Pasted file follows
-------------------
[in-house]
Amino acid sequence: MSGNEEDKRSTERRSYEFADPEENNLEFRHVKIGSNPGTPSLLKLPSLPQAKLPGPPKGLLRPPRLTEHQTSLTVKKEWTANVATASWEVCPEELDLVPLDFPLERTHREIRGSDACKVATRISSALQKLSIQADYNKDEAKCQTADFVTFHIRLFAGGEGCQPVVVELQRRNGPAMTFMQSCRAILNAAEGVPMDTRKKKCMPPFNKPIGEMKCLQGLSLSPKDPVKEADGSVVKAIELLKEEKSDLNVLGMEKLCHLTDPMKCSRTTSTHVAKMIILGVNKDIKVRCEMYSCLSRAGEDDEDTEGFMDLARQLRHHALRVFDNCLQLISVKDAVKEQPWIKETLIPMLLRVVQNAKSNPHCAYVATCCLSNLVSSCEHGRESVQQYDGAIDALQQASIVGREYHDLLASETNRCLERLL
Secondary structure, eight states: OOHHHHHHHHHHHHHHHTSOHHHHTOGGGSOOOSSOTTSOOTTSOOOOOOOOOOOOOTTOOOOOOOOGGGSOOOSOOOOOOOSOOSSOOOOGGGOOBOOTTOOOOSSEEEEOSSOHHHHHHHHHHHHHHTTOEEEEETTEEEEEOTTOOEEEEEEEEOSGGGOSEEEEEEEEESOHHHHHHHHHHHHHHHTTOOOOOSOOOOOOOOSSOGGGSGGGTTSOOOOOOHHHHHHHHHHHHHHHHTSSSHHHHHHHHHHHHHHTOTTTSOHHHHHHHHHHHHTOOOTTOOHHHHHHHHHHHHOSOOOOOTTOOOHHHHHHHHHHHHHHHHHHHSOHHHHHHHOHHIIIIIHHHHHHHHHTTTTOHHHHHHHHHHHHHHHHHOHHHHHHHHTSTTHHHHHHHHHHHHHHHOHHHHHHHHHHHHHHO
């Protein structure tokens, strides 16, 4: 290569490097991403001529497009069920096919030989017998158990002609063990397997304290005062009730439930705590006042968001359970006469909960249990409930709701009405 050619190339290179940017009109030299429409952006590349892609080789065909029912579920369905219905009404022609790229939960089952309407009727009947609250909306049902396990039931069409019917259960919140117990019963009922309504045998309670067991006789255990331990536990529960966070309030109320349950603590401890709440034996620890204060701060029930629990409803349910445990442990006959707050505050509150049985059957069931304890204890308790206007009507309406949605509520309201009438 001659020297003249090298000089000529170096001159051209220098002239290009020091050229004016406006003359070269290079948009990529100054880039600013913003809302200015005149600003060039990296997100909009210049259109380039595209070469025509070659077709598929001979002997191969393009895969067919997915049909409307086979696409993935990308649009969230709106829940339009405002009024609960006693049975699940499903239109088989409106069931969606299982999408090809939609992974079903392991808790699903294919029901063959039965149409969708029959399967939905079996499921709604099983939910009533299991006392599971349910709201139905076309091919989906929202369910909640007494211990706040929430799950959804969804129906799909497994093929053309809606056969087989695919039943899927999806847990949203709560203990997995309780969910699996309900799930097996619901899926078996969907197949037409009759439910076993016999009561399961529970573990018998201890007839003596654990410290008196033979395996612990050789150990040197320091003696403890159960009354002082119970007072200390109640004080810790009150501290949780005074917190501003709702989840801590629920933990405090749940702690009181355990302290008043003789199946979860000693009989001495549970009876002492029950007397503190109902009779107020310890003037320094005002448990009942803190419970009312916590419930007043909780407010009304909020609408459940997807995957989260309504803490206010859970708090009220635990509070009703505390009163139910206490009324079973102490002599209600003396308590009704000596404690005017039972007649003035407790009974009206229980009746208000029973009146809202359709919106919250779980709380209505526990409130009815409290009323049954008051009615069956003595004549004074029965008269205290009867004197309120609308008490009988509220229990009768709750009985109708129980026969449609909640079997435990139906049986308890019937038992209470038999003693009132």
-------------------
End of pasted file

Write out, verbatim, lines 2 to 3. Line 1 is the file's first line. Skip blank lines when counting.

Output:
Amino acid sequence: MSGNEEDKRSTERRSYEFADPEENNLEFRHVKIGSNPGTPSLLKLPSLPQAKLPGPPKGLLRPPRLTEHQTSLTVKKEWTANVATASWEVCPEELDLVPLDFPLERTHREIRGSDACKVATRISSALQKLSIQADYNKDEAKCQTADFVTFHIRLFAGGEGCQPVVVELQRRNGPAMTFMQSCRAILNAAEGVPMDTRKKKCMPPFNKPIGEMKCLQGLSLSPKDPVKEADGSVVKAIELLKEEKSDLNVLGMEKLCHLTDPMKCSRTTSTHVAKMIILGVNKDIKVRCEMYSCLSRAGEDDEDTEGFMDLARQLRHHALRVFDNCLQLISVKDAVKEQPWIKETLIPMLLRVVQNAKSNPHCAYVATCCLSNLVSSCEHGRESVQQYDGAIDALQQASIVGREYHDLLASETNRCLERLL
Secondary structure, eight states: OOHHHHHHHHHHHHHHHTSOHHHHTOGGGSOOOSSOTTSOOTTSOOOOOOOOOOOOOTTOOOOOOOOGGGSOOOSOOOOOOOSOOSSOOOOGGGOOBOOTTOOOOSSEEEEOSSOHHHHHHHHHHHHHHTTOEEEEETTEEEEEOTTOOEEEEEEEEOSGGGOSEEEEEEEEESOHHHHHHHHHHHHHHHTTOOOOOSOOOOOOOOSSOGGGSGGGTTSOOOOOOHHHHHHHHHHHHHHHHTSSSHHHHHHHHHHHHHHTOTTTSOHHHHHHHHHHHHTOOOTTOOHHHHHHHHHHHHOSOOOOOTTOOOHHHHHHHHHHHHHHHHHHHSOHHHHHHHOHHIIIIIHHHHHHHHHTTTTOHHHHHHHHHHHHHHHHHOHHHHHHHHTSTTHHHHHHHHHHHHHHHOHHHHHHHHHHHHHHO